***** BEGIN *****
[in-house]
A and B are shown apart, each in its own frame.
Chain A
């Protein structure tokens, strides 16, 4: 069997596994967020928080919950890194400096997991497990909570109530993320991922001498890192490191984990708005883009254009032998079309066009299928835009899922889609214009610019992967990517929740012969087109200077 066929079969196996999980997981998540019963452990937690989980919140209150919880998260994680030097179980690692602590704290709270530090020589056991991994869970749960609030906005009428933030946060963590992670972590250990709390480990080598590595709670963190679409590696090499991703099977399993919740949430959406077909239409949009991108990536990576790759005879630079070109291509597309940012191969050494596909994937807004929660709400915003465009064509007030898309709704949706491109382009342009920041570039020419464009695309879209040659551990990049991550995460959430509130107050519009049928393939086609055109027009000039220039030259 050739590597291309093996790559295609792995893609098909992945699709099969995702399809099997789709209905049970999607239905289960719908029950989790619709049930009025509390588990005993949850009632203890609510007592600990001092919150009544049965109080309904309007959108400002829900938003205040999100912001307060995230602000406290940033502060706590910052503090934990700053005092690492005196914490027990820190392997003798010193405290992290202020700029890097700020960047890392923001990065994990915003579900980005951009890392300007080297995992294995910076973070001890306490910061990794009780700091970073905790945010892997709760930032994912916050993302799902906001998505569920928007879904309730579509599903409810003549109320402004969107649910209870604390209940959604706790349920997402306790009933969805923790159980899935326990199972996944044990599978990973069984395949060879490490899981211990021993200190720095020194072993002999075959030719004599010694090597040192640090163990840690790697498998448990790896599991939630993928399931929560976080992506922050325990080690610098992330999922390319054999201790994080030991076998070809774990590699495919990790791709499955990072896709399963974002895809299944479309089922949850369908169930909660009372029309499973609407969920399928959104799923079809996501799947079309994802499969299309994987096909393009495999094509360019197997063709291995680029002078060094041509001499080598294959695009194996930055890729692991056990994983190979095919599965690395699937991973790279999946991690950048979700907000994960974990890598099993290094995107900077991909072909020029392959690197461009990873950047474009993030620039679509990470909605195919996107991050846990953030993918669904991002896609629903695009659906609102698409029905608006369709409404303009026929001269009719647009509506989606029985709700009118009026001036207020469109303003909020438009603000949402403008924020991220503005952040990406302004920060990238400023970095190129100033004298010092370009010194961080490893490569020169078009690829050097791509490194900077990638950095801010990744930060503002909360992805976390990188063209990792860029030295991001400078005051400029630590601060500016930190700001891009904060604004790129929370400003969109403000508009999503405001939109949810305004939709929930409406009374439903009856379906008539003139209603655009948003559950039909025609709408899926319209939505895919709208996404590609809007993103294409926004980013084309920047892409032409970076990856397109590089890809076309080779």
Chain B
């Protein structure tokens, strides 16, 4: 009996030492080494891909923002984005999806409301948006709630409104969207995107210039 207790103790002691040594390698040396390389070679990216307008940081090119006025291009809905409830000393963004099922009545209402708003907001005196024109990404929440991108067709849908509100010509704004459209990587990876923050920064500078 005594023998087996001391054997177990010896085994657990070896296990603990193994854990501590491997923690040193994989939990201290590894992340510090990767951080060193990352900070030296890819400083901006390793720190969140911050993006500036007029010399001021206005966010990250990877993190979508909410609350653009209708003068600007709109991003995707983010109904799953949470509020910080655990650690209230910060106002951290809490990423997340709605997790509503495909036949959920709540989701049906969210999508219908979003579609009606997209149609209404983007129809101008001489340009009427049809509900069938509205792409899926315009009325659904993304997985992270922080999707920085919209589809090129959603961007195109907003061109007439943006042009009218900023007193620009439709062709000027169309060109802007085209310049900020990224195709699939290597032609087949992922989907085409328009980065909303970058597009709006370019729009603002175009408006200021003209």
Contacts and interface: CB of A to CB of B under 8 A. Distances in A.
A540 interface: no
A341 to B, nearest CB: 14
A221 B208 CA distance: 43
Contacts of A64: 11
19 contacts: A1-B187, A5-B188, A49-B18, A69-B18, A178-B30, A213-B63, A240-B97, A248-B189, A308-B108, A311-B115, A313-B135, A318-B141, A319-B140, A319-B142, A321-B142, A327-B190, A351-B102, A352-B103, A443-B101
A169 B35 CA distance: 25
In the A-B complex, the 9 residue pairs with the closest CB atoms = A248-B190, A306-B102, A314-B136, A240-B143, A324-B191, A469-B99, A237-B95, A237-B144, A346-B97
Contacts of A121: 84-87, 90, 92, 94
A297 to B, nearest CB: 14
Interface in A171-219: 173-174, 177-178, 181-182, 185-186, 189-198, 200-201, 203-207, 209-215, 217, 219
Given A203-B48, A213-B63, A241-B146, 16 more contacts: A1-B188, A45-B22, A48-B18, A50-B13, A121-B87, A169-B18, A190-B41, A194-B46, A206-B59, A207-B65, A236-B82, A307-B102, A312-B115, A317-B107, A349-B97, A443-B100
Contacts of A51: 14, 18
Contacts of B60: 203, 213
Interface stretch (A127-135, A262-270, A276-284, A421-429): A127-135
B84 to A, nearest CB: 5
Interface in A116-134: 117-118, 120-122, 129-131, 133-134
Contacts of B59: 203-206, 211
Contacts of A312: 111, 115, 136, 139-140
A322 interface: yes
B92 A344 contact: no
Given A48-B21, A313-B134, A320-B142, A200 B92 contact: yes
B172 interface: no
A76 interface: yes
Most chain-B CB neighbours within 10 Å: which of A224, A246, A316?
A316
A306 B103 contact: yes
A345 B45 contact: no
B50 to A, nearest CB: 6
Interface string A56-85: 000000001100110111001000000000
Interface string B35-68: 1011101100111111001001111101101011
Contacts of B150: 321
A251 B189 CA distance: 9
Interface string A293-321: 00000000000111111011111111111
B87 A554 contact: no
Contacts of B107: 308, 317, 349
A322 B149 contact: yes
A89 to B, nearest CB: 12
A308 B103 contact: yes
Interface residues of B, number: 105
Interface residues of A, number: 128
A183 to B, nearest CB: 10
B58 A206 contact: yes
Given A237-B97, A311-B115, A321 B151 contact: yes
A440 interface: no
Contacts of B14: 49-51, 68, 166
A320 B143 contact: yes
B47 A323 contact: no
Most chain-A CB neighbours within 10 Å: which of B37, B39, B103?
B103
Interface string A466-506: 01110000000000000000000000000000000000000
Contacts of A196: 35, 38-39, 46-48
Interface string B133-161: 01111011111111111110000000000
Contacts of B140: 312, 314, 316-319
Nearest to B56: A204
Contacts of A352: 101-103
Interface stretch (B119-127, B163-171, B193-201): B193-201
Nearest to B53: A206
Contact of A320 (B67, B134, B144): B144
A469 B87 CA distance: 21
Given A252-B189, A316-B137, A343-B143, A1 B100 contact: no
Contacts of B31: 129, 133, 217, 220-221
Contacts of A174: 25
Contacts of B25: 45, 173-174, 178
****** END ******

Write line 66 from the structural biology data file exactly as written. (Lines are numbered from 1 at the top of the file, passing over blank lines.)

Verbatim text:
A469 B87 CA distance: 21